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Thursday, February 21, 2008

The real way to network

This image is from the North Carolina government Office for Historically Underutilized Businesses. The website offers a photo review for a 2007 Contractors Networking Reception and Expo. Something for our North Carolina publisher Bob Kruhm to research.
My advance (printed) copies of The SMPS Marketer arrived yesterday, along with a kind hand-written thank-you note from Lisa Bowman. Almost simultaneously, Ford Harding called to thank me for my courtesies to him; in his voice message he asked if there is anything he could do for me. Lisa and Ford are of course practicing one of the most essential principals of effective marketing, by openly expressing their thanks. (In turn, I emailed Lisa to encourage her to introduce an essentially cost-free service that would provide real value to ALL contributors to the Marketer; and when I checked the blog, I discovered that I had inadvertently deleted the permalink to Ford Harding, and reset it. And I called Ford, and told him the only thing I needed in return is for him to continue doing his good work.)

Note that Lisa, Ford, nor fellow Marketer contributor Tim Klabunde (see below) have not sent any business to me, nor do I expect to provide any revenue-generating business or services to their companies in the near future. But we are networking the way it is supposed to be done and the rewards, if not immediate, will be found in the future.

Tim Klabunde, director of marketing at William H. Gordon Associates ( a Washington, D.C. engineering firm, writes in his SMPS Marketer Article:

Ask Yourself, "How Can I help This Person?"
The next time you head out to network, remember what you are really there to do. It is time to rethink how you perceive networking. No more collecting business cards, giving a sales pitch on your company, or thinking about who in the room can get you the next job. Instead, start by focusing on building meaningful relationships with others. When you walk up to someone, think to yourself, "How can I help this person?" When you learn how to focus on helping others first, the real networking begins.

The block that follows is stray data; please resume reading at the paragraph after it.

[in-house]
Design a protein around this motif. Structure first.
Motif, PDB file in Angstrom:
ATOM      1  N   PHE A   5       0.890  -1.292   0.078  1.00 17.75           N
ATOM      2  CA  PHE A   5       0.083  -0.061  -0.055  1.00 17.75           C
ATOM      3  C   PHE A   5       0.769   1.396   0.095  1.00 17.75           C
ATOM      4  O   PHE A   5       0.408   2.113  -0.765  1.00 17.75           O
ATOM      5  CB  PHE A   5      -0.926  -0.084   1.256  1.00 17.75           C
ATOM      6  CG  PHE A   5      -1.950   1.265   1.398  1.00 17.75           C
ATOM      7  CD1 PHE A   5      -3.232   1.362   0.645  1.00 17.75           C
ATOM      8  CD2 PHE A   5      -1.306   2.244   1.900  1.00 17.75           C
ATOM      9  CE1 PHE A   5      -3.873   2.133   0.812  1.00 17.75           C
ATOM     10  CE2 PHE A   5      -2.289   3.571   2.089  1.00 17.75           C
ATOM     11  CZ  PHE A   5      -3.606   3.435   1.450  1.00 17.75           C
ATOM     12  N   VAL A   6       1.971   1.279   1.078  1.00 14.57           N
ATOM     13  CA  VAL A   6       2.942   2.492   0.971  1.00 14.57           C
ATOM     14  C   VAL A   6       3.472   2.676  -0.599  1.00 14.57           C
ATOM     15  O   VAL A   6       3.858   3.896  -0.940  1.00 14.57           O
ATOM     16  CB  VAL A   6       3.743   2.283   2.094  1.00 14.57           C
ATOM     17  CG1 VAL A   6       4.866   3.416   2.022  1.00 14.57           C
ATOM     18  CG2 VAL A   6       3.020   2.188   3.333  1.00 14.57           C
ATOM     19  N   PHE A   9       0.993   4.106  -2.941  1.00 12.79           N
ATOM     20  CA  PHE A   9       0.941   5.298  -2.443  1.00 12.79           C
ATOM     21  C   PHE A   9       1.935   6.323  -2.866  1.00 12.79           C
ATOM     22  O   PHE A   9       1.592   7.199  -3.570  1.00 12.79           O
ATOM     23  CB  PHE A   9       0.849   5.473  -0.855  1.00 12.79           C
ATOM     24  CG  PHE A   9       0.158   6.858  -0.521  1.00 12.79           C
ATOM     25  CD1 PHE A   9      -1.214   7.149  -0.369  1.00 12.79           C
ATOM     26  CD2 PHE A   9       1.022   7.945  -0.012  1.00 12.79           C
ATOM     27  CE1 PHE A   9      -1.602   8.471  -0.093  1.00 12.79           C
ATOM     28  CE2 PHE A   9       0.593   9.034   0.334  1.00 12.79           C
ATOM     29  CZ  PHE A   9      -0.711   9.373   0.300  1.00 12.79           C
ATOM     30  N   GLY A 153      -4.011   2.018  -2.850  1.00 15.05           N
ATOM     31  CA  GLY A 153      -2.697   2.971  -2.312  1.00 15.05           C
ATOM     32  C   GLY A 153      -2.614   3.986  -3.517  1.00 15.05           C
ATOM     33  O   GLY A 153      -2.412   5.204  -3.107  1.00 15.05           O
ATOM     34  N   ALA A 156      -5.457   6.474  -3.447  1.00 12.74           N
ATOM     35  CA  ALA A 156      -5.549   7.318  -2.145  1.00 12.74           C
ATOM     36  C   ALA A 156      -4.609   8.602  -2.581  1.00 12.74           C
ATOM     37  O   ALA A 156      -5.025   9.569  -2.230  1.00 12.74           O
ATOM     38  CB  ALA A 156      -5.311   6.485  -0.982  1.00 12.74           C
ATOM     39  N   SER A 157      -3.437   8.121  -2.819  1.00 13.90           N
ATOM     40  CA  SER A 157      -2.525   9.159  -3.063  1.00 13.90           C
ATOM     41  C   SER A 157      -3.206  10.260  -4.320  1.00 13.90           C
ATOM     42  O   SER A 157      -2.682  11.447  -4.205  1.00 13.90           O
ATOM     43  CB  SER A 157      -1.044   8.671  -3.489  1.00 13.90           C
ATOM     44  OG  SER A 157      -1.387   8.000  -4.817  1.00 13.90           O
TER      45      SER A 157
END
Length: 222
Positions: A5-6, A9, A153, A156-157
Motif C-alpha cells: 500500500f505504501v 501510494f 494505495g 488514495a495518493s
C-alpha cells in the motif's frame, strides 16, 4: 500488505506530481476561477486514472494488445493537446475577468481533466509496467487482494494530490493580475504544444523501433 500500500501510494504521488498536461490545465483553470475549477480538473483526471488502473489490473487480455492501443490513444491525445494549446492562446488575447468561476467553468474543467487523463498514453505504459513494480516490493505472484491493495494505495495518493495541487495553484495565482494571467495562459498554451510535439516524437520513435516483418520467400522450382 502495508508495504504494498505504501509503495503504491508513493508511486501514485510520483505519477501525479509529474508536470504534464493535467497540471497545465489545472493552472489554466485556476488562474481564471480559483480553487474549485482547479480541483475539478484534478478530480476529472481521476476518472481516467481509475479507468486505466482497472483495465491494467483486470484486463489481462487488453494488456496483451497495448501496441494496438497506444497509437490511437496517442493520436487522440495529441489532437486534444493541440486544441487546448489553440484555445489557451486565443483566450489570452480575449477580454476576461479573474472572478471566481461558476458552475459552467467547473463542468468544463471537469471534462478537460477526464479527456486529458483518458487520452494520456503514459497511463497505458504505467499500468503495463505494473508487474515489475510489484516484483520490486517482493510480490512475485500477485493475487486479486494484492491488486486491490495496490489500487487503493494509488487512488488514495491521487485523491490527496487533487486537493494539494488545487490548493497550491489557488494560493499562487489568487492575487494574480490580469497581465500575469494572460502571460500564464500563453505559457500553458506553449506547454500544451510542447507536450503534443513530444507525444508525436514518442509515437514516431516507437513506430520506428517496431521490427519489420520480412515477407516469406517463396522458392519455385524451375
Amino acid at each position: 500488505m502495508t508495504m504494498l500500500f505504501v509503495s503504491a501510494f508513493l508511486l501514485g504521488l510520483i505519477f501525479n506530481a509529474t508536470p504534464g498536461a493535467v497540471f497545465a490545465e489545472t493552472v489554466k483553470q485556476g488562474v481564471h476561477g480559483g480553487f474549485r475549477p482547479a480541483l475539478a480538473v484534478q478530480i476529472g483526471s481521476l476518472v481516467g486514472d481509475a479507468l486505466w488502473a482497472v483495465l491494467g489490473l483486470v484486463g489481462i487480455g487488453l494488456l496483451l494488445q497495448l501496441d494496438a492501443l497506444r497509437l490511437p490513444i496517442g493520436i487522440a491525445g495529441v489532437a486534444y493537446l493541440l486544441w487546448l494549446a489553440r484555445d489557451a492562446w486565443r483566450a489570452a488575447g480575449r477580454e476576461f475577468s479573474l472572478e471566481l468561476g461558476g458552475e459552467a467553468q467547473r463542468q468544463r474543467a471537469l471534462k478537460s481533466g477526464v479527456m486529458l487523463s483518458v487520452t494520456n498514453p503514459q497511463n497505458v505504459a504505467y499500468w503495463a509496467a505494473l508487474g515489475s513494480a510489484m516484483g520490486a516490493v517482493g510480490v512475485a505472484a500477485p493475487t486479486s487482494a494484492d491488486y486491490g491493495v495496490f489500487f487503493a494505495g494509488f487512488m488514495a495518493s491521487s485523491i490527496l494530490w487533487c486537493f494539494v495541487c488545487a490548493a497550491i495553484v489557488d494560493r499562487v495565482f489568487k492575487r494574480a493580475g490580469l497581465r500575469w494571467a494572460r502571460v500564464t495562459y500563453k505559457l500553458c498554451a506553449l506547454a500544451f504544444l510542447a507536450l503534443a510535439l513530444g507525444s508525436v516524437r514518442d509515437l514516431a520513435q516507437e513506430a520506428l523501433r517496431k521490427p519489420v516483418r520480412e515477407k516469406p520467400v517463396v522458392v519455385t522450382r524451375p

Klabunde notes in his article:

Some of my most successful days networking I spend sitting at my desk. I don't attend a single association event, no lunches, and definitely not any speed-networking events. To succeed at networking, I work my computer and make phone calls with the sole purpose of helping other people. I make introductions, forward project leads, pass along information from a local paper, and laugh with friends about my two sons' most recent escapades.


Networking is not about the 'immediate', nor is it about 'take'. Effectively done, it is a long-term proposition. Note you don't need to spend long hours on the process and you can link your work on one thing to another.

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